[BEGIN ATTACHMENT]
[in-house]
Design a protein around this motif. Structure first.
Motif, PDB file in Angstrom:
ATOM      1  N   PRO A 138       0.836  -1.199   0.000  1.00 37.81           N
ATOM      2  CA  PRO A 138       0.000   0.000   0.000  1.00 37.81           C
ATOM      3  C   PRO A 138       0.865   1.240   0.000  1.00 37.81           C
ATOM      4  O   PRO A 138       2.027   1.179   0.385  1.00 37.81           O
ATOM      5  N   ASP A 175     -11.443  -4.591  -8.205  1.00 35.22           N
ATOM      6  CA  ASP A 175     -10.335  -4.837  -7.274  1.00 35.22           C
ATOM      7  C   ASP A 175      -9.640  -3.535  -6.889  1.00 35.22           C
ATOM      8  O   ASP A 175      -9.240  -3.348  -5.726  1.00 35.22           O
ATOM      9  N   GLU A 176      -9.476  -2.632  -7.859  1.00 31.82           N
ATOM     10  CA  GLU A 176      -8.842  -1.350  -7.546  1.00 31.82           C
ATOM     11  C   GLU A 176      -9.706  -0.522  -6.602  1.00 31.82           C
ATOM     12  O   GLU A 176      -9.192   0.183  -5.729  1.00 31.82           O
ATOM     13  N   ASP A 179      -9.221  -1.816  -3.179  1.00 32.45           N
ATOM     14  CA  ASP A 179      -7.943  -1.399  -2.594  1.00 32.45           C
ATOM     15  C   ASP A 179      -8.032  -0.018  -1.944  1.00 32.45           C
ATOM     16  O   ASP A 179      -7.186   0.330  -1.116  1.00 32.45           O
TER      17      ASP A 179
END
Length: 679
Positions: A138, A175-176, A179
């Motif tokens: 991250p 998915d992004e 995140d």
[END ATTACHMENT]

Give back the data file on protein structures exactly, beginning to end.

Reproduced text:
[in-house]
Design a protein around this motif. Structure first.
Motif, PDB file in Angstrom:
ATOM      1  N   PRO A 138       0.836  -1.199   0.000  1.00 37.81           N
ATOM      2  CA  PRO A 138       0.000   0.000   0.000  1.00 37.81           C
ATOM      3  C   PRO A 138       0.865   1.240   0.000  1.00 37.81           C
ATOM      4  O   PRO A 138       2.027   1.179   0.385  1.00 37.81           O
ATOM      5  N   ASP A 175     -11.443  -4.591  -8.205  1.00 35.22           N
ATOM      6  CA  ASP A 175     -10.335  -4.837  -7.274  1.00 35.22           C
ATOM      7  C   ASP A 175      -9.640  -3.535  -6.889  1.00 35.22           C
ATOM      8  O   ASP A 175      -9.240  -3.348  -5.726  1.00 35.22           O
ATOM      9  N   GLU A 176      -9.476  -2.632  -7.859  1.00 31.82           N
ATOM     10  CA  GLU A 176      -8.842  -1.350  -7.546  1.00 31.82           C
ATOM     11  C   GLU A 176      -9.706  -0.522  -6.602  1.00 31.82           C
ATOM     12  O   GLU A 176      -9.192   0.183  -5.729  1.00 31.82           O
ATOM     13  N   ASP A 179      -9.221  -1.816  -3.179  1.00 32.45           N
ATOM     14  CA  ASP A 179      -7.943  -1.399  -2.594  1.00 32.45           C
ATOM     15  C   ASP A 179      -8.032  -0.018  -1.944  1.00 32.45           C
ATOM     16  O   ASP A 179      -7.186   0.330  -1.116  1.00 32.45           O
TER      17      ASP A 179
END
Length: 679
Positions: A138, A175-176, A179
């Motif tokens: 991250p 998915d992004e 995140d």